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Stressful experiences impact on pain, fatigue and mental health in people with endometriosis: a questionnaire study during the COVID-19 pandemic
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  • Lysia Demetriou,
  • Christian Becker,
  • Beatriz Martínez-Burgo,
  • Adriana Invitti,
  • Marina Kvaskoff,
  • Razneen Shah,
  • Emma Evans,
  • Claire Lunde,
  • Emma Cox,
  • Kurtis Garbutt,
  • Krina Zondervan,
  • Elaine Fox,
  • Katy Vincent
Lysia Demetriou
University of Oxford
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Christian Becker
University of Oxford
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Beatriz Martínez-Burgo
University of Oxford
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Adriana Invitti
Universidade Federal de Sao Paulo Escola Paulista de Medicina
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Marina Kvaskoff
Universite Paris-Saclay
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Razneen Shah
University of Oxford
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Emma Evans
Oxford University Hospitals NHS Foundation Trust
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Claire Lunde
University of Oxford
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Emma Cox
Endometriosis UK
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Kurtis Garbutt
University of Oxford
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Krina Zondervan
University of Oxford
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Elaine Fox
University of Oxford
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Katy Vincent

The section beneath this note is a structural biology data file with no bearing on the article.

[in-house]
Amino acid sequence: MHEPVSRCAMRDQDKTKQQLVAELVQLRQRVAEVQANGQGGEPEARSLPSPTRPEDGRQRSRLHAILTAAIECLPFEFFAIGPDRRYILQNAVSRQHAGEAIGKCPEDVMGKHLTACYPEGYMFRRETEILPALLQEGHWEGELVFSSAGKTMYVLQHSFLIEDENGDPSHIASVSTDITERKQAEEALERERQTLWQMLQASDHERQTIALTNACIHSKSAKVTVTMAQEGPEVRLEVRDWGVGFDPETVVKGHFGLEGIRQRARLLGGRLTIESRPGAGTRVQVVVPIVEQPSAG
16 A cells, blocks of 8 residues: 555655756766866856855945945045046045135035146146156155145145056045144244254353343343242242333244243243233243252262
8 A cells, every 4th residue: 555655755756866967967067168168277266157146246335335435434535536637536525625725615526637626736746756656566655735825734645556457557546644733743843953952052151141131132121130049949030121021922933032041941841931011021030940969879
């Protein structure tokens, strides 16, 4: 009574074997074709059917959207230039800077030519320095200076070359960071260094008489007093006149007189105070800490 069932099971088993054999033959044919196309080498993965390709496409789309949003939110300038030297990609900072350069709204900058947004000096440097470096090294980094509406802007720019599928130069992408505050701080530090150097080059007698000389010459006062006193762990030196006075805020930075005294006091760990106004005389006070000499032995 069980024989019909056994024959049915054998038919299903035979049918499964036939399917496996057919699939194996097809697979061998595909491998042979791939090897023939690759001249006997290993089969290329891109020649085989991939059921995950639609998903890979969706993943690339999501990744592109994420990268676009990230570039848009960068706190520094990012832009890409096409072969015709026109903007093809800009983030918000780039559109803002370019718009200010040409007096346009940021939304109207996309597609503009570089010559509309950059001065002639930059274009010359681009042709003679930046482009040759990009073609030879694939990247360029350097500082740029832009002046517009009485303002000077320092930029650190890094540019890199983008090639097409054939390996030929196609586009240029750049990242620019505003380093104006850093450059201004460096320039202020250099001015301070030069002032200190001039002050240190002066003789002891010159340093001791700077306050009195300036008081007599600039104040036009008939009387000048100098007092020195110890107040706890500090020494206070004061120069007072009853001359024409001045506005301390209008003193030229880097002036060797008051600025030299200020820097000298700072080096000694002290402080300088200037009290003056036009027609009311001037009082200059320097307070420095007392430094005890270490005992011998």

University of Oxford
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Abstract

Objective To explore the impact of the COVID-19 pandemic on pain and fatigue symptoms and their interactions with the impact on mental health in people with endometriosis. Design Global cross-sectional survey. Setting Online survey. Sample A total of 4717 adults with a surgical or radiological diagnosis of endometriosis. Methods An online global study collected data in 5 languages between 11th May to 8th June 2020. The survey included questions on current-status and changes of endometriosis-symptoms, mental health, demographics, and the impact of the COVID-19 pandemic on the respondents’ lives. Main Outcome Measures Self-reported changes to endometriosis-associated symptoms (pelvic pain, tiredness/fatigue, bleeding) and to mental health during the early stages of the COVID-19 pandemic. Results Respondents reported a marked worsening of their endometriosis symptoms (endo-associated pain (39.3%; 95% CI [37.7, 40.5]), tiredness/fatigue (49.9%; 95% CI [48.4, 51.2]) and bleeding (39.6%; 95% CI [38.2, 41])) and mental health (38.6%; 95% CI [37.2, 39.9]). Those with a pre-existing mental health diagnosis (38.8%) were more negatively impacted. The worsening of pain and TF were significantly correlated with worsening of mental health (p<0.001) and these relationships were found to be weakly mediated by pain catastrophising scores (pain: effect size: 0.071, LLCI= 0.060, ULCI= 0.082, TF: effect size: 0.050, LLCI= 0.040, ULCI= 0.060). Conclusions This study demonstrates that stressful experiences impact the physical and mental health of people with endometriosis. The findings highlight the need to consider psychological approaches in the holistic management of people with endometriosis.